I’m still in two minds about the whole “all-female” reboots that Hollywood has suddenly got a hankering for. On the one hand, it’s great that more female-led properties are on the big screen, giving us a new spin on some well-worn genres (especially so in the case of the heist movie, which usually is a heavily male affair.)
But on the other hand, this really does put another nail into the coffin of originality, doesn’t it? Would it really have been so bad to just have an all-female heist movie without the label of a pre-existing franchise? Well, considering we’re about to get a (spectacularly-missing-the-point) all-female version of Lord of the Files, perhaps the lure of an established label is just too financially tempting to give up?
To be fair though, there isn’t anything particularly masculine about the plot of the first three Ocean’s movies. And the ensemble cast that director/co-writer Gary Ross has put together here is just as star-studded and glamorous as the originals. It’s just a shame that said cast shines far brighter than the script ever does.
Having just been released from prison, con-artist Debbie Ocean (Sandra Bullock) teams up with close friend, Lou (Cate Blanchett) to pull of the heist of a lifetime. Their target? The Toussaint, a $150 million Cartier necklace that will be draped around the neck of Daphne Kluger (Anne Hathaway) as she enjoys a night at the illustrious Met Gala.
But such an epic score needs an epic team. To help them with their task, Debbie and Lou hire down-on-her-luck fashion designer, Rose Weil (Helena Bonham Carter); crafty computer hacker, Nine-Ball (Rihanna); quick-fingered thief, Constance (Awkwafina); jewellery expert, Amita (Mindy Kaling); and expert infiltrator/fence, Tammy (Sarah Paulson). Only together will the team be able to pull out all the stops and avoid the stalking glare of insurance fraud investigator, John Frazier (James Corden).
Unless you happened to have viewed the 2015 box office disappointment, Our Brand is Crisis; it’s safe to say most people haven’t seen Sandra Bullock since 2013’s Gravity. And five years is far too long for such a gifted actress to be absent from the silver screen. Because of her, the first 15 minutes of Ocean’s 8 are a masterclass of character introduction, with the Ocean sister slyly grifting her way through the high-class stores of New York.
Actually, all the actresses that make up Ocean’s 8 are well cast, bringing a smorgasbord of style and panache to even the most colourless scenes. And no one does this as well as Hathaway. Playing a nitwitted and narcissistic celebrity actress, she is an absolute godsend, stealing almost every scene she’s in. One standout moment where she’s admiring herself in a mirror is almost worth the price of admission alone.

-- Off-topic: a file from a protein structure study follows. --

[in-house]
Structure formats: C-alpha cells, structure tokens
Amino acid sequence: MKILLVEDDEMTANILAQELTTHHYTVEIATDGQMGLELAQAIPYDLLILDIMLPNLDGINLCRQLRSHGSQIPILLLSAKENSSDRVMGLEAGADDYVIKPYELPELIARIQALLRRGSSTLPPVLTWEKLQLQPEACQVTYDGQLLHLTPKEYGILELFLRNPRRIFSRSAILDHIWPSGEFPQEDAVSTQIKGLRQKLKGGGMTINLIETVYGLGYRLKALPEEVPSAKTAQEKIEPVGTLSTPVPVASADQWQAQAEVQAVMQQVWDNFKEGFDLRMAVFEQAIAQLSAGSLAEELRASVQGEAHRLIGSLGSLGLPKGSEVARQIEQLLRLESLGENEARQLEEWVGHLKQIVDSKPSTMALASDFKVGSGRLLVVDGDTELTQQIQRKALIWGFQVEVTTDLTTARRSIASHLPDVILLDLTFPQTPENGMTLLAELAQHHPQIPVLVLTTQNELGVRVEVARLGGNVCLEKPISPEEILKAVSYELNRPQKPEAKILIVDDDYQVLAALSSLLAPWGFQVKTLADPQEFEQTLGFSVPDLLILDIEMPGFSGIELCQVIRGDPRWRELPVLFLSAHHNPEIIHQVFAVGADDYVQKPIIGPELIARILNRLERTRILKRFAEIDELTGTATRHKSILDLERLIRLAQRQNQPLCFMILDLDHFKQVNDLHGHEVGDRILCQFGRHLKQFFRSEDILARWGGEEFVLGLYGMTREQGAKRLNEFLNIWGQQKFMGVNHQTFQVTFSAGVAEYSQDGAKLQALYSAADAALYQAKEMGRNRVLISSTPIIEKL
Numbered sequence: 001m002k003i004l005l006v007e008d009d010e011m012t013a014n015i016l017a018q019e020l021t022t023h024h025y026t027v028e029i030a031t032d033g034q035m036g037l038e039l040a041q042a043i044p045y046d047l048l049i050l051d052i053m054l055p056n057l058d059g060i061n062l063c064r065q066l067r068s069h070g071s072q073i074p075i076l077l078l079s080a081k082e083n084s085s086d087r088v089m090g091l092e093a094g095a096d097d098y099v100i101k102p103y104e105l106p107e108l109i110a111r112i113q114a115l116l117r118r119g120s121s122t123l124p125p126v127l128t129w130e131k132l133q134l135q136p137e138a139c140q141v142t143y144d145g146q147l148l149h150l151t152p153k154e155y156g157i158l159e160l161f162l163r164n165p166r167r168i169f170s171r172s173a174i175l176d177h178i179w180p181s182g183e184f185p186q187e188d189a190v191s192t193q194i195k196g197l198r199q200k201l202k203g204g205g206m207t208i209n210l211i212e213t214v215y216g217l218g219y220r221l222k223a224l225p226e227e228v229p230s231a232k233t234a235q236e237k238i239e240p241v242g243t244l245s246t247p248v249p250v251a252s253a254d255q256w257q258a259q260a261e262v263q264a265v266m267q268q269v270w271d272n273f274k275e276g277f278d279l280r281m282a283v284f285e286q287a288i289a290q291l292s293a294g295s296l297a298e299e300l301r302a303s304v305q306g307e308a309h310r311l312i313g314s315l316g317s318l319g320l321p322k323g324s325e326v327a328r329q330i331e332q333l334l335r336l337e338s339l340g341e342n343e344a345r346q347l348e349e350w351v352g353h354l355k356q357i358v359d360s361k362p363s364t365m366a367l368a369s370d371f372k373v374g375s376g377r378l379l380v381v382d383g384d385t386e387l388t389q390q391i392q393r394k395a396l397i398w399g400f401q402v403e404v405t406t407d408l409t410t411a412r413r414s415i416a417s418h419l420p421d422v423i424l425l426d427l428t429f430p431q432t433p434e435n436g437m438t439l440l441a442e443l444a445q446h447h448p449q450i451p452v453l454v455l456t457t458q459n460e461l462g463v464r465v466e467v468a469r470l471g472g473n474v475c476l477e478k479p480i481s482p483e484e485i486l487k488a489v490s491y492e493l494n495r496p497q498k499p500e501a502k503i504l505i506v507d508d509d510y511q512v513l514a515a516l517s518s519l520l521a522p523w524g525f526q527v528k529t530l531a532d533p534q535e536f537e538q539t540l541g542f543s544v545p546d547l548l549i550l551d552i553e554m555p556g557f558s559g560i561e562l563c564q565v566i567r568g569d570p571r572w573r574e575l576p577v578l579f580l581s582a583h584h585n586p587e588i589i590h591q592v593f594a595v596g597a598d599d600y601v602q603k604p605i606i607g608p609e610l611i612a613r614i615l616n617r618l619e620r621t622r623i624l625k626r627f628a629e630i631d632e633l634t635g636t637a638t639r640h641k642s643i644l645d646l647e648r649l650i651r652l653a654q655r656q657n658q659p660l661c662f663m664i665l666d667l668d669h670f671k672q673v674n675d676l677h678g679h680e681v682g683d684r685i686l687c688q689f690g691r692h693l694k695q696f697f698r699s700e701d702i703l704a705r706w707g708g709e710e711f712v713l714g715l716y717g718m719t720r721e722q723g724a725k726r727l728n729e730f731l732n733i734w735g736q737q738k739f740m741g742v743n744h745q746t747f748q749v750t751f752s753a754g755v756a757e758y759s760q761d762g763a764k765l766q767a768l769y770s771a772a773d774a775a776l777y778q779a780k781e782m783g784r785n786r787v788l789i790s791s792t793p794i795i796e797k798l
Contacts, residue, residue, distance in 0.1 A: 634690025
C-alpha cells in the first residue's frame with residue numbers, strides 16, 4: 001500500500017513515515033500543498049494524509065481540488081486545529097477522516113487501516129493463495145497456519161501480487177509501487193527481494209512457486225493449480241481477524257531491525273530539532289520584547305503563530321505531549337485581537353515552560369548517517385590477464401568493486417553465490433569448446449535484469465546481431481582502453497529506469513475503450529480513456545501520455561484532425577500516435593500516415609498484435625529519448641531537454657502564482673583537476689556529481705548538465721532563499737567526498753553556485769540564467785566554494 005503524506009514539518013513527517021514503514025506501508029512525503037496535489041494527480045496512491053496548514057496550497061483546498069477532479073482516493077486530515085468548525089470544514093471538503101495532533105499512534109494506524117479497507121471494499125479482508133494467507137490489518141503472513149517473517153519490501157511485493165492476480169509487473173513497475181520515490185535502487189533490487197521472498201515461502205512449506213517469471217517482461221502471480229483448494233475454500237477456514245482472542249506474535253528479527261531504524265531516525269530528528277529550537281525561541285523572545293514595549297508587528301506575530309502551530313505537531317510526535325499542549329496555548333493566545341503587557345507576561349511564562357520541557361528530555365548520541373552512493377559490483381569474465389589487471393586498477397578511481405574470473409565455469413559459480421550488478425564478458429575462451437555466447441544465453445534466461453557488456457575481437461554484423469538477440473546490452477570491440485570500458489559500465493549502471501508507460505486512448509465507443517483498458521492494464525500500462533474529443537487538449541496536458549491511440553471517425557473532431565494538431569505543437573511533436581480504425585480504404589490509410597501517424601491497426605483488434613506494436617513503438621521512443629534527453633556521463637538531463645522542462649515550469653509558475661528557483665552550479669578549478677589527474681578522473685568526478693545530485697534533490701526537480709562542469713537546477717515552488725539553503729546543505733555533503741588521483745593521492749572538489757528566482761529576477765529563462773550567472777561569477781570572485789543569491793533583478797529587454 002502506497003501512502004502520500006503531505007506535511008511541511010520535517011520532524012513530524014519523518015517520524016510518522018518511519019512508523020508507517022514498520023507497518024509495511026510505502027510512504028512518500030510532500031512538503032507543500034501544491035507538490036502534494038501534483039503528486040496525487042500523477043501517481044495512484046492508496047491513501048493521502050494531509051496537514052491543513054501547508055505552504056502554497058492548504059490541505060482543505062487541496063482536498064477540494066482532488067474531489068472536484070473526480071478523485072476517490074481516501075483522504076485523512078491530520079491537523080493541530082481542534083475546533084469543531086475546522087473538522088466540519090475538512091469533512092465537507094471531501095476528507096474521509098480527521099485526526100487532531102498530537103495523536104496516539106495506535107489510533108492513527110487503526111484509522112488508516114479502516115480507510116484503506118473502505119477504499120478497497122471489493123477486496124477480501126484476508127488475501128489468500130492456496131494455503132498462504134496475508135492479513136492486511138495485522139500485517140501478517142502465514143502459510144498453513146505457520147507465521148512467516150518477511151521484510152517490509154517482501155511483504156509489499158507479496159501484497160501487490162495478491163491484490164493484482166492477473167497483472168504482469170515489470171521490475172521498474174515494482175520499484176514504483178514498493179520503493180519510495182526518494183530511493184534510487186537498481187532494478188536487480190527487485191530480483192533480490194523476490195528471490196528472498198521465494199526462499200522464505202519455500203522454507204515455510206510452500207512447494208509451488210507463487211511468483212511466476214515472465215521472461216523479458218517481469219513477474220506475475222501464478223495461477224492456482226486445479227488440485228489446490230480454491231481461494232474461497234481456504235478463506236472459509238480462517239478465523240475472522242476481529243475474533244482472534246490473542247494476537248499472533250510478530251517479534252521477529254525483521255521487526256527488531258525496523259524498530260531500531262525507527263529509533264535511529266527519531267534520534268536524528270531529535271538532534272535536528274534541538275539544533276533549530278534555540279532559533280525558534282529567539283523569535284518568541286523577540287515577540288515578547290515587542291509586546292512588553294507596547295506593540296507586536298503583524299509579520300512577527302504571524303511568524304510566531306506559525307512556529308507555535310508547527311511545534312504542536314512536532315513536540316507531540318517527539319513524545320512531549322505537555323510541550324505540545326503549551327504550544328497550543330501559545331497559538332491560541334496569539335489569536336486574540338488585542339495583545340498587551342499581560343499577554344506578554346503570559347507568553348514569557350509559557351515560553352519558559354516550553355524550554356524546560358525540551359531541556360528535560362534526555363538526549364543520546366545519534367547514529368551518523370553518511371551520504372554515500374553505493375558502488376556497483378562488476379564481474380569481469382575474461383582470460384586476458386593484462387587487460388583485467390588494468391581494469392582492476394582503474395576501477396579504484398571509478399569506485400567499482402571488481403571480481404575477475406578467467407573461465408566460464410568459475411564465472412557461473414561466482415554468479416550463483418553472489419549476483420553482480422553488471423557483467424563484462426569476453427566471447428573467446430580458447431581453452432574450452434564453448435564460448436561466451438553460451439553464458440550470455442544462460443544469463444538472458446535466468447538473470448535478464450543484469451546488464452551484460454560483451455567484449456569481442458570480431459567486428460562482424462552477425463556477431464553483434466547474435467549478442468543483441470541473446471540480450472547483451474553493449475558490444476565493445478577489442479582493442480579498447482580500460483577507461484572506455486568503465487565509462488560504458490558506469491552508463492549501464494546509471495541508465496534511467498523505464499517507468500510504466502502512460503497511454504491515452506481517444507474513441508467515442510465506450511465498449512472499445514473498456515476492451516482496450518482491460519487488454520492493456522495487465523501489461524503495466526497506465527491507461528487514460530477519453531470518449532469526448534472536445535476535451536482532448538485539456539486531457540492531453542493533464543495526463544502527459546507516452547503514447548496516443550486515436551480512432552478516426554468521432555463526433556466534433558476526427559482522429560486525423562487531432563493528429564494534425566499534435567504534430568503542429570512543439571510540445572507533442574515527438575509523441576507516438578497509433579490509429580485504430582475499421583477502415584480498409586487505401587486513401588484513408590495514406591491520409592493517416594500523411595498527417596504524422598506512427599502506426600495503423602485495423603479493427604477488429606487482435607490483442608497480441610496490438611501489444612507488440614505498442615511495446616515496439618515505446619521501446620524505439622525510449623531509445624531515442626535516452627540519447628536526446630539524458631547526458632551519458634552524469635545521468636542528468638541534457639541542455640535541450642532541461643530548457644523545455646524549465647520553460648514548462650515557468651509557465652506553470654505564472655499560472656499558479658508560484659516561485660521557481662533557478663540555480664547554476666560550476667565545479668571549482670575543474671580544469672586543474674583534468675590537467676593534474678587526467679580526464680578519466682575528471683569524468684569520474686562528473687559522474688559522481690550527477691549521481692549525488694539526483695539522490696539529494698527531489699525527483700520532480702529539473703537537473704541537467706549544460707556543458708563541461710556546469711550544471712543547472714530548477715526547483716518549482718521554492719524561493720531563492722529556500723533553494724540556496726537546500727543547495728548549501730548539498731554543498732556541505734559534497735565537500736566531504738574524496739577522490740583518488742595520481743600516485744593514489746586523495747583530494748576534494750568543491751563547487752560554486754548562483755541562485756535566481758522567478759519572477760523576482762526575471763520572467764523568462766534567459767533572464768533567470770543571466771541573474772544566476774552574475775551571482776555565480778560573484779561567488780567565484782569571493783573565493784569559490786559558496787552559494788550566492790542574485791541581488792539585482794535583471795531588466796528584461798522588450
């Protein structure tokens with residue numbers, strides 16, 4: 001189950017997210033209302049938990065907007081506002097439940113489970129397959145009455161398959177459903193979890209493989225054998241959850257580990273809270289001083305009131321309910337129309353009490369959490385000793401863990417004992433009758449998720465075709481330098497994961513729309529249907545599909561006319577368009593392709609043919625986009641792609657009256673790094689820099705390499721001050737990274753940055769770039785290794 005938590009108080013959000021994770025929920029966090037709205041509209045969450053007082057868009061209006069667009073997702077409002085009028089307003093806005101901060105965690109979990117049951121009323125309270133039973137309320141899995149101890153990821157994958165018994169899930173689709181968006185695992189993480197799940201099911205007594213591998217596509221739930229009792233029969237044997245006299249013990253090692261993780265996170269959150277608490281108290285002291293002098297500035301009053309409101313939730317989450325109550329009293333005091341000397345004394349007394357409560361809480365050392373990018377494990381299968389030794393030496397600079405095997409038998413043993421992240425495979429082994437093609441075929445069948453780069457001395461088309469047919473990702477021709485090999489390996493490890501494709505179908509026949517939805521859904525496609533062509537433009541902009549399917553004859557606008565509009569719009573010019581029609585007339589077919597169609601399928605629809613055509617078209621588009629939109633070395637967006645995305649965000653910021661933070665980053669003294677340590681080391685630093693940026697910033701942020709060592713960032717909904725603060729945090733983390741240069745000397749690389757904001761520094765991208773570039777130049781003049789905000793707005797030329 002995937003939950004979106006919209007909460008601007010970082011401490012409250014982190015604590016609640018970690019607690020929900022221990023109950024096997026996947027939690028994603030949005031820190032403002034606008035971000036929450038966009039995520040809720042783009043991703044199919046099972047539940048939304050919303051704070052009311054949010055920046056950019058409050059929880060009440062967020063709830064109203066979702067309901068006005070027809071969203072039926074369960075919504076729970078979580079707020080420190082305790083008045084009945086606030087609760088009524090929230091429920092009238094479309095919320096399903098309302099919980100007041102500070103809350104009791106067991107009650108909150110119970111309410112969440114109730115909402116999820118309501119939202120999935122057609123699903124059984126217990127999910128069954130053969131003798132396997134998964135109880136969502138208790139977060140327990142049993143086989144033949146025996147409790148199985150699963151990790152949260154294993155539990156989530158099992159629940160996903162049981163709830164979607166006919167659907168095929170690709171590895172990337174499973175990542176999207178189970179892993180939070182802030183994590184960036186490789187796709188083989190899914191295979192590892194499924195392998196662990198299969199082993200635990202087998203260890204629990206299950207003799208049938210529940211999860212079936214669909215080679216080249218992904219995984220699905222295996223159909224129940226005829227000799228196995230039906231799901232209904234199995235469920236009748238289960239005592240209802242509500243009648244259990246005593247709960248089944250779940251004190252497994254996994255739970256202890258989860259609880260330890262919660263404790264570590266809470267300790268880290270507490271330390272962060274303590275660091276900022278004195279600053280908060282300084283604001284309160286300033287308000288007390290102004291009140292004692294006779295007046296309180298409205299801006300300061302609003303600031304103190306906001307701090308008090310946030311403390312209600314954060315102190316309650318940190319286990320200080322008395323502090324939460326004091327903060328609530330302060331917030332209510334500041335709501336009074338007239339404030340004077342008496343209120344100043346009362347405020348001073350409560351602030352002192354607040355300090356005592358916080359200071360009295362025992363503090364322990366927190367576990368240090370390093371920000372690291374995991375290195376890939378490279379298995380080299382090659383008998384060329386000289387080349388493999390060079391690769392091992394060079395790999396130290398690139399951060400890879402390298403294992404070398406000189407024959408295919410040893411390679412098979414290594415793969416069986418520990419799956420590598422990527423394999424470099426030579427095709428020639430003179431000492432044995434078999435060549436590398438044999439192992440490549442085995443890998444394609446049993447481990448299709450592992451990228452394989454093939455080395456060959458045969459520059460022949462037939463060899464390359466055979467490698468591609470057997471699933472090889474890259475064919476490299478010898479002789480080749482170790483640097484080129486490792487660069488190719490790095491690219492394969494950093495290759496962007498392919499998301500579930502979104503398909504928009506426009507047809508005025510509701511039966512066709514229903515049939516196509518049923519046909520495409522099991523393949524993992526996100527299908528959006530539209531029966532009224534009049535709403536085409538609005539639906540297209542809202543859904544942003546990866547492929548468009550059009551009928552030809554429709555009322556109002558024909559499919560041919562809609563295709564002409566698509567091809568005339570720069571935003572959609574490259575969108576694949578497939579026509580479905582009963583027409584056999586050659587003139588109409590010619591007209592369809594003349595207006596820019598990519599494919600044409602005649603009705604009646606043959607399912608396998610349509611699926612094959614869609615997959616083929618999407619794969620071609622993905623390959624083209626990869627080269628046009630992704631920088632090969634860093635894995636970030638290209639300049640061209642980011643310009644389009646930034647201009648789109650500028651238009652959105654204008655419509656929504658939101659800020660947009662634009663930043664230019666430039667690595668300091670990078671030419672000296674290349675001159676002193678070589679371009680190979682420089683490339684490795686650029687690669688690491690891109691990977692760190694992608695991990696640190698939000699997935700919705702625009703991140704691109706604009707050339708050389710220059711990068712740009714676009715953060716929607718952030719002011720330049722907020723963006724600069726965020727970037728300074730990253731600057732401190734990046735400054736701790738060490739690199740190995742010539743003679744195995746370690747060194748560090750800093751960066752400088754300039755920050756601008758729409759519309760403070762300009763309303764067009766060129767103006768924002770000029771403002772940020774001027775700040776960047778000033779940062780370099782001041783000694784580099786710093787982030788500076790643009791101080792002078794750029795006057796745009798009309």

But that brilliance in casting and the resulting cast interactions are pretty much the only high point of Ocean’s 8. While director Gary Ross does his best, he’s no Soderbergh. Without that magic touch, multiple aspects of the film end up seeming rather pedestrian. One example being the editing from Juliette Welfling which, unlike the slick and stylish attitude of the original trilogy, gives way to a far more lifeless approach.
The one exception to this are the striking costumes by designer Sarah Edwards. With a now dominant female cast, a lot of the glitz and glamour missing from the movie’s surroundings are instead transferred into gowns that would not be out of place at the real-life Met Gala.
The script, written by Gary Ross and Olivia Milch, could be said to almost be a carbon copy of the 2001 Ocean’s 11. But there are many ways in which it doesn’t reach the same heights. One such instance being that much of the movie is spent without a clear villain. Say what you will about the logical fallacies of Ocean’s 11-13, but at least they had clearly established bad guys that you wanted to see taken down. But in Ocean’s 8, the primary victims end up being the poor innocent sods that work for Cartier. As such, while all the Ocean’s movies are primarily about money, this installment has no additional altruistic angle for audiences to latch onto.
In fact, it’s not just the lack of bad guys, but the lack of overall conflict between the primary players that makes this experience slightly dreary. Take any heist movie (say like, Inception or Fast Five) and you’ll see tons of disputes and fighting between the characters. Mostly as they argue over the best way to get things done or try to deal with events as they go wrong. Ocean’s 8 however, seems to have eight people who have (mostly) never met each other before this heist, and yet seem to get along perfectly throughout the entire piece. It’s hard not to have a sneaky suspicion that perhaps this was done to avoid reinforcing this old joke by John Mulaney.
Better than Ocean’s 12, but not as good as Ocean’s 11 or 13; Ocean’s 8 sits comfortably in the middle of the Ocean’s saga. But despite the flaws of this 2018 movie, it’s clear that Warner Brothers have succeeded in giving the Ocean’s franchise an electric shot in the arm purely because of its brilliant casting. Assuming all these wonderful actresses agree to return (with a stronger script and director), this is definitely a franchise that deserves to see out a trilogy.